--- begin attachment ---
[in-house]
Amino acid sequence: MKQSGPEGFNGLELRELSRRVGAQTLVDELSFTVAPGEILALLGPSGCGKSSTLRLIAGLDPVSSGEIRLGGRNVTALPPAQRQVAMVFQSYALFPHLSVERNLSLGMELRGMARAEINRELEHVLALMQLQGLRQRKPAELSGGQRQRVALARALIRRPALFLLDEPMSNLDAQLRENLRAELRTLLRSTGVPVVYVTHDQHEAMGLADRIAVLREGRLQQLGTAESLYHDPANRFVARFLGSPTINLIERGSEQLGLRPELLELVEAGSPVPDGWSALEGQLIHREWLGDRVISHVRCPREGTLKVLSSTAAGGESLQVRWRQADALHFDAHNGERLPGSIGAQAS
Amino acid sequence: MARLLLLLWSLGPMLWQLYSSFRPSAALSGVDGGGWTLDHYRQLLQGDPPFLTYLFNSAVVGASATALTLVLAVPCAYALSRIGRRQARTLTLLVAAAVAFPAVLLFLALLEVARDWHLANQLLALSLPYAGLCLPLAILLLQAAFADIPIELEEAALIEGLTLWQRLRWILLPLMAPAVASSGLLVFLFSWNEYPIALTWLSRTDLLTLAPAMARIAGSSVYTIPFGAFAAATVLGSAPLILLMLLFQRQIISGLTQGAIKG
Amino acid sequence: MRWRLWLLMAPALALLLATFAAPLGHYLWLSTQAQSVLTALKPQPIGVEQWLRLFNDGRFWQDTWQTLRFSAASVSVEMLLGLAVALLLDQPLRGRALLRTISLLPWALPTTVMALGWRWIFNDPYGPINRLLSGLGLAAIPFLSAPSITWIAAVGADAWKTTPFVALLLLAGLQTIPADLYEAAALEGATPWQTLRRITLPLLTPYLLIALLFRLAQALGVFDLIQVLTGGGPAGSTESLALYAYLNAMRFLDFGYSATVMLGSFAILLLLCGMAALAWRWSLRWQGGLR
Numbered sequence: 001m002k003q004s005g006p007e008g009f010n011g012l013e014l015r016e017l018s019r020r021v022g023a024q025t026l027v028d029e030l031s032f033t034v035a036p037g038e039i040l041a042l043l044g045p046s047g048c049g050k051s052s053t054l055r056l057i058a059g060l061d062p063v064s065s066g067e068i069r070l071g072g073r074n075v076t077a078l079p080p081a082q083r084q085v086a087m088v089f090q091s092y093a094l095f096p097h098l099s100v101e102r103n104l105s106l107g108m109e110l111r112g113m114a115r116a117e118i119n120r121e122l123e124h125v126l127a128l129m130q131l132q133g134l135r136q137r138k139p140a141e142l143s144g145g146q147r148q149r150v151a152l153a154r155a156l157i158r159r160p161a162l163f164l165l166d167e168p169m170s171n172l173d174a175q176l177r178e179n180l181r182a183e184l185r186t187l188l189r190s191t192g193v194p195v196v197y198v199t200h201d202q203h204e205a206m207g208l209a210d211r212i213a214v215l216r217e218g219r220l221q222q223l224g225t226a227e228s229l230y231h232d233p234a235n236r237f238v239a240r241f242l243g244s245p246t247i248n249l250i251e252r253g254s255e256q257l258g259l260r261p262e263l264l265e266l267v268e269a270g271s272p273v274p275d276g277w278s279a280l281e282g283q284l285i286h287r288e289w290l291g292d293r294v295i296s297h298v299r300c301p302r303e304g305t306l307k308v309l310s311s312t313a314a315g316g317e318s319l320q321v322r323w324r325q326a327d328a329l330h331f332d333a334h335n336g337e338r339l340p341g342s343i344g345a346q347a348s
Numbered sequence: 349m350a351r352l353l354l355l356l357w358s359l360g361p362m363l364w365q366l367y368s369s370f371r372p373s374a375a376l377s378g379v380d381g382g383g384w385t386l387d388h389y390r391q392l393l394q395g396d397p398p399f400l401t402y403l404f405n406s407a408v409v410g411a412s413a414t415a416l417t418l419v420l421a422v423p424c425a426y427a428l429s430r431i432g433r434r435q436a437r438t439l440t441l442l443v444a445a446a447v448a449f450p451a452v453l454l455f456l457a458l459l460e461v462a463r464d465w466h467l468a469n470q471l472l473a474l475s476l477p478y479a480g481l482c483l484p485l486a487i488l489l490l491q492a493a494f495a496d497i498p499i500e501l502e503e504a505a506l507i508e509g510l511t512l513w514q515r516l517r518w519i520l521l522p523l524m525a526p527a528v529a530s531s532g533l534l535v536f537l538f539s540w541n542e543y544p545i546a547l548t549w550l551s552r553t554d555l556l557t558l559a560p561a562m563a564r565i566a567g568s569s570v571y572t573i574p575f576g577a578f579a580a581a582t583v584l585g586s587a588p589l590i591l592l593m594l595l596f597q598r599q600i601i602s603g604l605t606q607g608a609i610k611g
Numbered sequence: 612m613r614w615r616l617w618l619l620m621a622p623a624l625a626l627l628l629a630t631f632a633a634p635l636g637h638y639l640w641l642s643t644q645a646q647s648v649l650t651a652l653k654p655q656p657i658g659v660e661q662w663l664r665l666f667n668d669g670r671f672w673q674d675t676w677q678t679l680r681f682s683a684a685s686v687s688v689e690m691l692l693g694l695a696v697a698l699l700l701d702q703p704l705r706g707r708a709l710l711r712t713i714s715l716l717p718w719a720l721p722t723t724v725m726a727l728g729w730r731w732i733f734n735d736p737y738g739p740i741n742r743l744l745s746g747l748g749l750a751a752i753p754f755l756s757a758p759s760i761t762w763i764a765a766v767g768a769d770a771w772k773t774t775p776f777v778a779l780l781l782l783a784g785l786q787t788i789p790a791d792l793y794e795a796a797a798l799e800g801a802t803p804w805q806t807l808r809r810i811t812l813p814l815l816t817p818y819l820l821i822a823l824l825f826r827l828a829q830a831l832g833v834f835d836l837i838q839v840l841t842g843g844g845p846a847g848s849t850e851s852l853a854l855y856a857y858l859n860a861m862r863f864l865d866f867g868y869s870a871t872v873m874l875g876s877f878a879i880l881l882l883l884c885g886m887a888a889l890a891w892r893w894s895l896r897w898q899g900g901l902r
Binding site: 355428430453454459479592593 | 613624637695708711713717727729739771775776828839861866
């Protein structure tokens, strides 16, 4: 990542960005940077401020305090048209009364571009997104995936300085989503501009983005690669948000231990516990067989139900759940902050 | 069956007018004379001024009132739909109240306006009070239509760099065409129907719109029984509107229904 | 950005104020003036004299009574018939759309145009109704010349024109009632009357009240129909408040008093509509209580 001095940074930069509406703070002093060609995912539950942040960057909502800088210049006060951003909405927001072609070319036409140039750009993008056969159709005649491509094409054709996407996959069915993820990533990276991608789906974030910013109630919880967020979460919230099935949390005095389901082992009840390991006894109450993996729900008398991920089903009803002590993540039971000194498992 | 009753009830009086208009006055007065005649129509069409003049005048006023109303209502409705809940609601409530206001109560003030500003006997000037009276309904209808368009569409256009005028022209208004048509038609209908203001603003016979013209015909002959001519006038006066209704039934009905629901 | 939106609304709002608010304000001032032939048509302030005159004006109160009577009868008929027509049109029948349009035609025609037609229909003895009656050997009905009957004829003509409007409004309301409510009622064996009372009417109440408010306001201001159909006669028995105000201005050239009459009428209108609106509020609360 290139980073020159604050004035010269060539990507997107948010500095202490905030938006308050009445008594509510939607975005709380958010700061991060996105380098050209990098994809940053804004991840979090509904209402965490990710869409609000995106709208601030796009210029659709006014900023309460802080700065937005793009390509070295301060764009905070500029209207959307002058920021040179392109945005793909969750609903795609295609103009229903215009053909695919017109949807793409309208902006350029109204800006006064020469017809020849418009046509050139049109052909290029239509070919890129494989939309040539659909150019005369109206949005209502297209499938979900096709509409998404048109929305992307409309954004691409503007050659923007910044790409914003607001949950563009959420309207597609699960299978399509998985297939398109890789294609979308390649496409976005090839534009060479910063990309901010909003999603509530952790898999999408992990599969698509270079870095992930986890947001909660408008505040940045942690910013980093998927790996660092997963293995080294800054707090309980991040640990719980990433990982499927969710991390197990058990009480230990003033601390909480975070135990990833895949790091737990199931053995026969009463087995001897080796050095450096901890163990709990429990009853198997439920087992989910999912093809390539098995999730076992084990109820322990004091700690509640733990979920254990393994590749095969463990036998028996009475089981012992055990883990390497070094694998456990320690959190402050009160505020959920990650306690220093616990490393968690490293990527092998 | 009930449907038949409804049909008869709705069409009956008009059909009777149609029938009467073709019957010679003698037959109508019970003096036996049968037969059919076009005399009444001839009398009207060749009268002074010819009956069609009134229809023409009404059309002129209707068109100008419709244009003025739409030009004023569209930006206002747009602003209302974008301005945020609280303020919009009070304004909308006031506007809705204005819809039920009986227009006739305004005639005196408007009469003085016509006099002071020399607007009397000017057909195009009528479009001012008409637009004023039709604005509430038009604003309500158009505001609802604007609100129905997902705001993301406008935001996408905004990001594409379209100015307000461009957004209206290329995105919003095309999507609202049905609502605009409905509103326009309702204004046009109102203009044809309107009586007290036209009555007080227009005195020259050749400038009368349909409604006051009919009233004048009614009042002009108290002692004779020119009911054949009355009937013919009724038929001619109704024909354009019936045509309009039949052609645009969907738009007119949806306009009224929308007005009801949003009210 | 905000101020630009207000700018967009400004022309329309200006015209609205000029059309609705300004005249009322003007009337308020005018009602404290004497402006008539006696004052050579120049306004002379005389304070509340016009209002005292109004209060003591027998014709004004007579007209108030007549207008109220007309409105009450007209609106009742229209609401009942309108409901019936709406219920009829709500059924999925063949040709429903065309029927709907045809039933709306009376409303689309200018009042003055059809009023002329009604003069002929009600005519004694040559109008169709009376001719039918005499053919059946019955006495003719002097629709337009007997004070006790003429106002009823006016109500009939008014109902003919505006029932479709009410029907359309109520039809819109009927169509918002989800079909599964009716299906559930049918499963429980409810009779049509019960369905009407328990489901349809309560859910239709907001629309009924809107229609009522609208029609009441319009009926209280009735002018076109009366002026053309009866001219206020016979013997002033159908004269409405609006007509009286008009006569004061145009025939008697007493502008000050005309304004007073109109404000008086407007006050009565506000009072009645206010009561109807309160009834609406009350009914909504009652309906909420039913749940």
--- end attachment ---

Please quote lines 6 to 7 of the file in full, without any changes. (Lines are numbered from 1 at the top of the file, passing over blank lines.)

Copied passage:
Numbered sequence: 349m350a351r352l353l354l355l356l357w358s359l360g361p362m363l364w365q366l367y368s369s370f371r372p373s374a375a376l377s378g379v380d381g382g383g384w385t386l387d388h389y390r391q392l393l394q395g396d397p398p399f400l401t402y403l404f405n406s407a408v409v410g411a412s413a414t415a416l417t418l419v420l421a422v423p424c425a426y427a428l429s430r431i432g433r434r435q436a437r438t439l440t441l442l443v444a445a446a447v448a449f450p451a452v453l454l455f456l457a458l459l460e461v462a463r464d465w466h467l468a469n470q471l472l473a474l475s476l477p478y479a480g481l482c483l484p485l486a487i488l489l490l491q492a493a494f495a496d497i498p499i500e501l502e503e504a505a506l507i508e509g510l511t512l513w514q515r516l517r518w519i520l521l522p523l524m525a526p527a528v529a530s531s532g533l534l535v536f537l538f539s540w541n542e543y544p545i546a547l548t549w550l551s552r553t554d555l556l557t558l559a560p561a562m563a564r565i566a567g568s569s570v571y572t573i574p575f576g577a578f579a580a581a582t583v584l585g586s587a588p589l590i591l592l593m594l595l596f597q598r599q600i601i602s603g604l605t606q607g608a609i610k611g
Numbered sequence: 612m613r614w615r616l617w618l619l620m621a622p623a624l625a626l627l628l629a630t631f632a633a634p635l636g637h638y639l640w641l642s643t644q645a646q647s648v649l650t651a652l653k654p655q656p657i658g659v660e661q662w663l664r665l666f667n668d669g670r671f672w673q674d675t676w677q678t679l680r681f682s683a684a685s686v687s688v689e690m691l692l693g694l695a696v697a698l699l700l701d702q703p704l705r706g707r708a709l710l711r712t713i714s715l716l717p718w719a720l721p722t723t724v725m726a727l728g729w730r731w732i733f734n735d736p737y738g739p740i741n742r743l744l745s746g747l748g749l750a751a752i753p754f755l756s757a758p759s760i761t762w763i764a765a766v767g768a769d770a771w772k773t774t775p776f777v778a779l780l781l782l783a784g785l786q787t788i789p790a791d792l793y794e795a796a797a798l799e800g801a802t803p804w805q806t807l808r809r810i811t812l813p814l815l816t817p818y819l820l821i822a823l824l825f826r827l828a829q830a831l832g833v834f835d836l837i838q839v840l841t842g843g844g845p846a847g848s849t850e851s852l853a854l855y856a857y858l859n860a861m862r863f864l865d866f867g868y869s870a871t872v873m874l875g876s877f878a879i880l881l882l883l884c885g886m887a888a889l890a891w892r893w894s895l896r897w898q899g900g901l902r